In Art-Writist, Pong poured out his ideas, emotions, and insight on various issues ranging from urgent social concerns to the mundane. Each page featured scribbles and complete drawings that revealed that the writer and artist referred to in the title of the zine can also be said to refer to his arthritis, a condition he had had for the longest time in his short life.

The images Pong drew reflected his views of Philippine society and how he felt about them. Smiling, round-eyed children and the can-barely-be-called-houses of the urban poor are featured prominently in them, as well crows and other carrion birds that can be interpreted as symbolizing the social system that feed off the suffering and the death of others. He also rendered images of grief and despair caused by drug-war connected or deliberate political killings  – bullets raining and falling to the ground then gathered by children in cracked rice bowls; mothers weeping in despair over what has been taken from them (homes, children, husbands, dignity and the right to live in peace).

In July of 2019, Pong and Buen had an exhibition in Kanto Artist-Run Space, a small but popular among activist circles gallery in Makati. Along with members of the artist group SIKAD, they promoted the rights of the urban poor to decent housing and social welfare services through their individual and collective pieces titled “Nasa Puso ang Sitio San Roque.” 

Sitio San Roque is a sprawling community of workers, vendors, and informal settlers in Quezon City a stone’s throw away from City Hall. For almost a decade, residents had been fighting attempts of business and commercial interests aided by the local government to have their homes demolished to make way for a condos, malls, and other business establishments.

Through line drawings on bond paper, Pong depicted the life and struggle of the residents both with skill and compassion.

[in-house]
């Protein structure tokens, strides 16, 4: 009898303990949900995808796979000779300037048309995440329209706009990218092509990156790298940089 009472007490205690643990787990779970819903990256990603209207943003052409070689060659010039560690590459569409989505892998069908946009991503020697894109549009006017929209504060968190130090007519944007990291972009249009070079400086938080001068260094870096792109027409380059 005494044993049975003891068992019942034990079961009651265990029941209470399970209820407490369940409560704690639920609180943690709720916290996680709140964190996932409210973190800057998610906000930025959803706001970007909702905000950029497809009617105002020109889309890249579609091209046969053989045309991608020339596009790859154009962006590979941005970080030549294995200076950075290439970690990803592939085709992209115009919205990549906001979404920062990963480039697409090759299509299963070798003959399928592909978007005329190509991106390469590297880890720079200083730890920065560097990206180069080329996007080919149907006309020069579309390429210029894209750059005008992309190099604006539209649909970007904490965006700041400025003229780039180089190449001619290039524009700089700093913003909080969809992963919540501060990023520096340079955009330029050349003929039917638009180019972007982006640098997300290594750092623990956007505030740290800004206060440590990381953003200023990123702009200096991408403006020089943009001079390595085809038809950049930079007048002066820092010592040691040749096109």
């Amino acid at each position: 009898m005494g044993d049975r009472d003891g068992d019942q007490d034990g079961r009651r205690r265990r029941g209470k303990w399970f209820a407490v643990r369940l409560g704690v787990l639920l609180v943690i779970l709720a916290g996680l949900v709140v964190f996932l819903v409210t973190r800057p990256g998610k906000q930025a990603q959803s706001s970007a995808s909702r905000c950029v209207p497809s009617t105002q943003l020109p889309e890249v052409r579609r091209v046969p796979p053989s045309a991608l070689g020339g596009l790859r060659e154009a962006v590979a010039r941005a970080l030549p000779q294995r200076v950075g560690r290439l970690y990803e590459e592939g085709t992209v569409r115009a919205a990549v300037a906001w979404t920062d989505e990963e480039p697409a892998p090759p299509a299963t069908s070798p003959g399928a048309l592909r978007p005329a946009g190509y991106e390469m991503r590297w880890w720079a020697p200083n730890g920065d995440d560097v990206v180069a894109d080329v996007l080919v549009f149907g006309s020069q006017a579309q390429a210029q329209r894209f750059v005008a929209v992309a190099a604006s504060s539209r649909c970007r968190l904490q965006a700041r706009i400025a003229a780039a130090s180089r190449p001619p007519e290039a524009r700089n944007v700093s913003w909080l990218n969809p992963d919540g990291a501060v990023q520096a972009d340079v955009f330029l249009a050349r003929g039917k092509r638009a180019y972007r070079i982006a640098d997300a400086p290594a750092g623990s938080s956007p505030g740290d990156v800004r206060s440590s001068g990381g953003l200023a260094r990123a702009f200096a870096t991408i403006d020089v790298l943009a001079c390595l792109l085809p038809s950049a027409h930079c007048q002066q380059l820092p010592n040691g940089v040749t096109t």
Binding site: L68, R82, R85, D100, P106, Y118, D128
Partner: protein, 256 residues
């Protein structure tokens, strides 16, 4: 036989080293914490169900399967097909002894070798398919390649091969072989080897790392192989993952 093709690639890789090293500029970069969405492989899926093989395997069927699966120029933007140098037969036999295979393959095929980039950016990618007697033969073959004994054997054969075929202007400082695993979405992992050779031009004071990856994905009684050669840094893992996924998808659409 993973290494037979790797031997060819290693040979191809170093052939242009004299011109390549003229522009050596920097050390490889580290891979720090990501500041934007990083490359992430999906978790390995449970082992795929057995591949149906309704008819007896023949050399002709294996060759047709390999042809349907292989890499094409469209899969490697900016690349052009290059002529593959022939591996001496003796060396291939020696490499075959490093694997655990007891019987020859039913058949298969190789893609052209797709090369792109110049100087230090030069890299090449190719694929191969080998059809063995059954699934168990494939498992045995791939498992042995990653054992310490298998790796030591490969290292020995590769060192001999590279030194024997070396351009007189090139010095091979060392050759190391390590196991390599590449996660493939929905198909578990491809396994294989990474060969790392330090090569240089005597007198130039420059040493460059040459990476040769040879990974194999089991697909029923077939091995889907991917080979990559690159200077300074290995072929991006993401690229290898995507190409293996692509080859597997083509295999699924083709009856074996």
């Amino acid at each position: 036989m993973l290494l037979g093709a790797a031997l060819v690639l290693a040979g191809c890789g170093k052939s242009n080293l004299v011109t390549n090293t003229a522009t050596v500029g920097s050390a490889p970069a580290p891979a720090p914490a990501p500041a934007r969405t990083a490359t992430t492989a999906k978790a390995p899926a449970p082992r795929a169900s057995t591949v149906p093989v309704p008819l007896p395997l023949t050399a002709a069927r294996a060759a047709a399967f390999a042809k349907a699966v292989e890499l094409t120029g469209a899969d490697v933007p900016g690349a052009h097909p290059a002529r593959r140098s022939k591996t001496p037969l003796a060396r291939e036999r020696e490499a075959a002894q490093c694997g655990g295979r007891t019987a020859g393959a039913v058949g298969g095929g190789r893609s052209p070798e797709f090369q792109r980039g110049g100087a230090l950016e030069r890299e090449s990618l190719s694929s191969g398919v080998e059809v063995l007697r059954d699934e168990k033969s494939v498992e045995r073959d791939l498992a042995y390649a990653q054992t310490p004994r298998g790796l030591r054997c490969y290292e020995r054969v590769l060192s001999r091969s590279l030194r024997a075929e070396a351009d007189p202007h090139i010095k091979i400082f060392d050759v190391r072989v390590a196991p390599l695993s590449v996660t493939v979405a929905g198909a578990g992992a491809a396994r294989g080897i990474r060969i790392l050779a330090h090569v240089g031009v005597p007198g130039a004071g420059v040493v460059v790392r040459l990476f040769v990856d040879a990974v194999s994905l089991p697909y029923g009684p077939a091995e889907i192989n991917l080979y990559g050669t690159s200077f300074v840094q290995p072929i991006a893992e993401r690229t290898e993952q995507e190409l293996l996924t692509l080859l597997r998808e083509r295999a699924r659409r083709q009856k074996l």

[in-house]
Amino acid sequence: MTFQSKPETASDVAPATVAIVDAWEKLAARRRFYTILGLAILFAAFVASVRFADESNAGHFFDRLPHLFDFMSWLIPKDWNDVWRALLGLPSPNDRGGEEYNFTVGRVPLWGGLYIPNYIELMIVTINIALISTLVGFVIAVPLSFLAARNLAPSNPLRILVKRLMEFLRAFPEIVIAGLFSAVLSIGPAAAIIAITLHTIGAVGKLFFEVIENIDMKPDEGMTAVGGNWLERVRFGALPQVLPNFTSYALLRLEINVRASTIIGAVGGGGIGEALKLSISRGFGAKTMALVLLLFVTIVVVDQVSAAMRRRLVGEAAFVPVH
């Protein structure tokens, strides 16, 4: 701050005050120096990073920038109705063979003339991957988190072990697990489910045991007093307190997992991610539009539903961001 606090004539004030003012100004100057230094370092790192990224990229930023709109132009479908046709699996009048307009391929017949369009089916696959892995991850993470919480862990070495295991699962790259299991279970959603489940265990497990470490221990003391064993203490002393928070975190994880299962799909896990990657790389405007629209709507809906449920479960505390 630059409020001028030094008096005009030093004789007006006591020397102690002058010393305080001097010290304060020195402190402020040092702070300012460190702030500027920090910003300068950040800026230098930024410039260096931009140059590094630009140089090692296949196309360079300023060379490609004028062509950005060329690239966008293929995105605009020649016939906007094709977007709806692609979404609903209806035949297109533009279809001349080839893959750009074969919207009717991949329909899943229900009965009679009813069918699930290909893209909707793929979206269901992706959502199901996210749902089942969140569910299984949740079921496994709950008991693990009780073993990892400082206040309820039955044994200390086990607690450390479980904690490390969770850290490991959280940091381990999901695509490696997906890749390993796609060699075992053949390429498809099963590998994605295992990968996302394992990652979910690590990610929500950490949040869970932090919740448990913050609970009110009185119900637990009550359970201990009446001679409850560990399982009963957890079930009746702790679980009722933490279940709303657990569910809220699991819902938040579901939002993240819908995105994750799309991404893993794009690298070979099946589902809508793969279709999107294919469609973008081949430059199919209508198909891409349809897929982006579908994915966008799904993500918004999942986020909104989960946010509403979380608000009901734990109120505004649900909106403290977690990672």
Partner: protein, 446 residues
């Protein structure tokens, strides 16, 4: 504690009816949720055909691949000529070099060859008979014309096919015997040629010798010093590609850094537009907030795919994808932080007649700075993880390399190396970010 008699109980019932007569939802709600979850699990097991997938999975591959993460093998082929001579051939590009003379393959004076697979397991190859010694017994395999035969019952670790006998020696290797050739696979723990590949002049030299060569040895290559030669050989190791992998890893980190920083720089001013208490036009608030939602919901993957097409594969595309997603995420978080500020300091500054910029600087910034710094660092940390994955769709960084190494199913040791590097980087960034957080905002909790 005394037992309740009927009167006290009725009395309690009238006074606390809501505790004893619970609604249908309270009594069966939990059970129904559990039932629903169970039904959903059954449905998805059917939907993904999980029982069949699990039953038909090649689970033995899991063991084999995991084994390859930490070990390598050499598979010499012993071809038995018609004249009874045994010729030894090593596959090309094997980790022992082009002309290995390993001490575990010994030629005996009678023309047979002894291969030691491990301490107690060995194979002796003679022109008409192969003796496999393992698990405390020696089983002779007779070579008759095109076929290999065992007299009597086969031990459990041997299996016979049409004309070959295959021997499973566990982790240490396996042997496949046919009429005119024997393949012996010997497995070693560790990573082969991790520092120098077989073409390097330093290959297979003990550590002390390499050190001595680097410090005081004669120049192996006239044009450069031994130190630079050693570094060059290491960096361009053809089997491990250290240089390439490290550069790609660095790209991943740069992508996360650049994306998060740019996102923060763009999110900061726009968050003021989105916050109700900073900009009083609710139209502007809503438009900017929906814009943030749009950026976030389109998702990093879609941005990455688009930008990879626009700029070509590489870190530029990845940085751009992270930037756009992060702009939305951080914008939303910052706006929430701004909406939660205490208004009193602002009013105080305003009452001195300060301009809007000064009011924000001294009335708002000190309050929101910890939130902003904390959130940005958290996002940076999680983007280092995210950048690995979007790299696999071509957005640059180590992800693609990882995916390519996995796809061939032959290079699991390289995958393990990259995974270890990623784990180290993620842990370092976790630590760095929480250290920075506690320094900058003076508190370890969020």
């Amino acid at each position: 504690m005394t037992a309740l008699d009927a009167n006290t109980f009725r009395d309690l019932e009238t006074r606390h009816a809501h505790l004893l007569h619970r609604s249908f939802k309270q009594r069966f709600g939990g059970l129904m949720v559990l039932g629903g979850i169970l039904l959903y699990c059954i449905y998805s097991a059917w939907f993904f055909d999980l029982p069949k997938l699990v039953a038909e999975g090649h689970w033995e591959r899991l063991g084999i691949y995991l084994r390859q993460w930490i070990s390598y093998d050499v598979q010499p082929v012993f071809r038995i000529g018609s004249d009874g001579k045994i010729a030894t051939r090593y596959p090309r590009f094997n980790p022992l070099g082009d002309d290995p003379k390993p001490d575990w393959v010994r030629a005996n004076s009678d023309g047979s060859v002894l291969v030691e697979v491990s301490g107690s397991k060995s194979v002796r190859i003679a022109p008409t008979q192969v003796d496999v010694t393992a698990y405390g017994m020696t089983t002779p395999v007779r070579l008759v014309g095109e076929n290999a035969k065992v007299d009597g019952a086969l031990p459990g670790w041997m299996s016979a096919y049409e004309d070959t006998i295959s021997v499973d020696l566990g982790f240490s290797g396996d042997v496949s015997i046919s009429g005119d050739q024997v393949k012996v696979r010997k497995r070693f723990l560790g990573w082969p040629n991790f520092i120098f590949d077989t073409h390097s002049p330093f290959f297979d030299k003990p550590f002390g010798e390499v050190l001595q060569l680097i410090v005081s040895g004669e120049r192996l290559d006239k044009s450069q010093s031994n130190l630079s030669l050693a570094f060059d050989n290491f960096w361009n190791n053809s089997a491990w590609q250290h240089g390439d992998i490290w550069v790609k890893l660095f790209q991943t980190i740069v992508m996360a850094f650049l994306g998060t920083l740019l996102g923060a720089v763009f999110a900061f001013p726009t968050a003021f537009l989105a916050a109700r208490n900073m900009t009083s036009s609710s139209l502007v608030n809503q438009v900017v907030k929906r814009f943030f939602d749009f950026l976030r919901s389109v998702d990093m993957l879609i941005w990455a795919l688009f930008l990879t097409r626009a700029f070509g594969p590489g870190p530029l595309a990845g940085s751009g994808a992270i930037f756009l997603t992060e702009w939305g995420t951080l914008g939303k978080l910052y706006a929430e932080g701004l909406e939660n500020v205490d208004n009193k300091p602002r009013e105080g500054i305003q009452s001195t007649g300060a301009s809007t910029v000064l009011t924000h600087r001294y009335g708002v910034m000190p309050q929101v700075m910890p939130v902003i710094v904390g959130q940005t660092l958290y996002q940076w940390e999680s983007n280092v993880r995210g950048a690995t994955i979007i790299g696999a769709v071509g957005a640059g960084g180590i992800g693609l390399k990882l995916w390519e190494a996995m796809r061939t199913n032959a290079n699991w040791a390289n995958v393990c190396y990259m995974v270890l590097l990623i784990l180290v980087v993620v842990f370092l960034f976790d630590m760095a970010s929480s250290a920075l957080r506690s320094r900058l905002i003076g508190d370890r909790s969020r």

Development aggression was also a theme Pong focused on – images of Lumad women and farmers amidst fallen trees, or mountain ranges and expanses of agricultural fading away or violently crumbling against a backdrop of bulldozers and giant earthmovers.   

As for his writing, his Facebook posts were often comprised of a few lines of pointed social commentary:

In April:

Buong mundo,

“nasyon,”

Sa PPE may kakulangan

Sa bala at bomba

Sobra-sobra

Earlier on March 12, a few days before the whole of the National Capital Region (NCR) and nearby provinces were put under lockdown:

Wala akong kinalaman dyan…

Nakita ko lang…

“Epidemics are more likely to grow in an authoritarian society.”

He criticized the government’s Build-Build-Build program and said that instead of promoting progress, it was “progreed” and was essentially all about “kill-kill-kill”.

And among his last posts was his condemnation of the extrajudicial killing of human rights workers and activists:

“Yung mga tumutugis sa mga naghasik ng lagim,

Pinagbibintangang naghahasik ng lagim,

Kontra-lagim, palpak.”

“Bili na kayo. Panglockdown lang po.”

Finally, Pong also shared and reposted the work of fellow artists and friends, generously endorsing them and their projects. He himself showed no indication of being interested in building a portfolio or having his own work out on display in galleries: he was happy  just creating art. Whenever he got paid, it was often in kind; in one memorable occasion, he exchanged original stencil patches he made for bananas, the saba variety. He drew portraits for friends and neighbors for practically nothing.

What is noticeable, however is that Pong seldom if ever, referred to his own suffering.  Apart from the occasional post written with self-deprecating humor wherein he asked followers to buy his paintings for P150 each (“pambili ng bigas”), Pong did not ask anyone for help, neither did he give a clue as to his own difficulties.   Because of the quarantine, he had means of earning, and without income, he could not feed or take care of himself properly as his health condition needed him to. Instead of posting updates on his own plight, he shared stories of other people needing funds for food or for medical needs.  Even then, during the early days of the pandemic, his health was already beginning to fail. 

A victim of the lockdown

Pong (right) with friend, Italo Ramos Lambito.

By early July when the quarantine lifted and travel became easier, a friend visited him in the second floor of a closed bar in Dasmarinas, Cavite where he had been allowed to stay by other friends when the Covid-19 lockdown started. They took one look at him and immediately launched an online appeal for financial support. Pong, they saw, severely dehydrated and looked emaciated and gaunt. They brought him water and other hydrating liquids. With the money that quickly came in from all over the country, they also got him groceries, vitamins, an electric fan, and an electric stove.